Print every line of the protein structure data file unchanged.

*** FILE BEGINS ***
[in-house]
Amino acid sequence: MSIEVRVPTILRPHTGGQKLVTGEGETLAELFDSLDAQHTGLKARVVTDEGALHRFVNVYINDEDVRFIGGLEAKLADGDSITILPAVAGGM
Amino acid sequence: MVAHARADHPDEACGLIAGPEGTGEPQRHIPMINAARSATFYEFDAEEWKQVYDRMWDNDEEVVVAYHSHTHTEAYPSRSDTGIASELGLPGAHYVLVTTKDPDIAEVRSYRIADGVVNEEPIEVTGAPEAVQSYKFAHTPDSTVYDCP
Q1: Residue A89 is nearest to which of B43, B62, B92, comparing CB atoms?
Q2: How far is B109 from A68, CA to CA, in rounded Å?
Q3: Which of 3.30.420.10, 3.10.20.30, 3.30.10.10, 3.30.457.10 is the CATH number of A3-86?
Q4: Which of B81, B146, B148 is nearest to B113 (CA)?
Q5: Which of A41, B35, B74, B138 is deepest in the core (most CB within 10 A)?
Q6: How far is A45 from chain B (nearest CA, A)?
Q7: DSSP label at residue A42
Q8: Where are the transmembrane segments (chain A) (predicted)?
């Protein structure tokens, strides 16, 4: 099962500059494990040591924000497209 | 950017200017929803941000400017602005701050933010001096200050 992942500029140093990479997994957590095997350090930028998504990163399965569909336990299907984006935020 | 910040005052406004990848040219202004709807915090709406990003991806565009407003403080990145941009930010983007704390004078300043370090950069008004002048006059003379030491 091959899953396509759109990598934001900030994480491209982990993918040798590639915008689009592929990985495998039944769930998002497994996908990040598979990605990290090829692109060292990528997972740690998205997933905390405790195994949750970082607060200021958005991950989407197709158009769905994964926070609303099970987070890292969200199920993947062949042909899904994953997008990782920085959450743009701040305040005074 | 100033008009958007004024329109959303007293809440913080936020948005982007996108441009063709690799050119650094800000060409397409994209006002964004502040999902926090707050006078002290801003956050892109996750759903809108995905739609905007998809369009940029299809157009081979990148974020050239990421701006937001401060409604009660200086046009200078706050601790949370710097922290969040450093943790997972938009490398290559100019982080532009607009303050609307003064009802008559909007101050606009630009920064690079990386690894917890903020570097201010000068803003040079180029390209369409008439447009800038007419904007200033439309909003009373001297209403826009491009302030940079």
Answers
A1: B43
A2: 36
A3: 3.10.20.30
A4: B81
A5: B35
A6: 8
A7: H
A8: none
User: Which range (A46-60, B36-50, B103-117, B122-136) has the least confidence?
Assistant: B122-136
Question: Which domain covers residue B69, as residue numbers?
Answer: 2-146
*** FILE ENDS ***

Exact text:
[in-house]
Amino acid sequence: MSIEVRVPTILRPHTGGQKLVTGEGETLAELFDSLDAQHTGLKARVVTDEGALHRFVNVYINDEDVRFIGGLEAKLADGDSITILPAVAGGM
Amino acid sequence: MVAHARADHPDEACGLIAGPEGTGEPQRHIPMINAARSATFYEFDAEEWKQVYDRMWDNDEEVVVAYHSHTHTEAYPSRSDTGIASELGLPGAHYVLVTTKDPDIAEVRSYRIADGVVNEEPIEVTGAPEAVQSYKFAHTPDSTVYDCP
Q1: Residue A89 is nearest to which of B43, B62, B92, comparing CB atoms?
Q2: How far is B109 from A68, CA to CA, in rounded Å?
Q3: Which of 3.30.420.10, 3.10.20.30, 3.30.10.10, 3.30.457.10 is the CATH number of A3-86?
Q4: Which of B81, B146, B148 is nearest to B113 (CA)?
Q5: Which of A41, B35, B74, B138 is deepest in the core (most CB within 10 A)?
Q6: How far is A45 from chain B (nearest CA, A)?
Q7: DSSP label at residue A42
Q8: Where are the transmembrane segments (chain A) (predicted)?
């Protein structure tokens, strides 16, 4: 099962500059494990040591924000497209 | 950017200017929803941000400017602005701050933010001096200050 992942500029140093990479997994957590095997350090930028998504990163399965569909336990299907984006935020 | 910040005052406004990848040219202004709807915090709406990003991806565009407003403080990145941009930010983007704390004078300043370090950069008004002048006059003379030491 091959899953396509759109990598934001900030994480491209982990993918040798590639915008689009592929990985495998039944769930998002497994996908990040598979990605990290090829692109060292990528997972740690998205997933905390405790195994949750970082607060200021958005991950989407197709158009769905994964926070609303099970987070890292969200199920993947062949042909899904994953997008990782920085959450743009701040305040005074 | 100033008009958007004024329109959303007293809440913080936020948005982007996108441009063709690799050119650094800000060409397409994209006002964004502040999902926090707050006078002290801003956050892109996750759903809108995905739609905007998809369009940029299809157009081979990148974020050239990421701006937001401060409604009660200086046009200078706050601790949370710097922290969040450093943790997972938009490398290559100019982080532009607009303050609307003064009802008559909007101050606009630009920064690079990386690894917890903020570097201010000068803003040079180029390209369409008439447009800038007419904007200033439309909003009373001297209403826009491009302030940079």
Answers
A1: B43
A2: 36
A3: 3.10.20.30
A4: B81
A5: B35
A6: 8
A7: H
A8: none
User: Which range (A46-60, B36-50, B103-117, B122-136) has the least confidence?
Assistant: B122-136
Question: Which domain covers residue B69, as residue numbers?
Answer: 2-146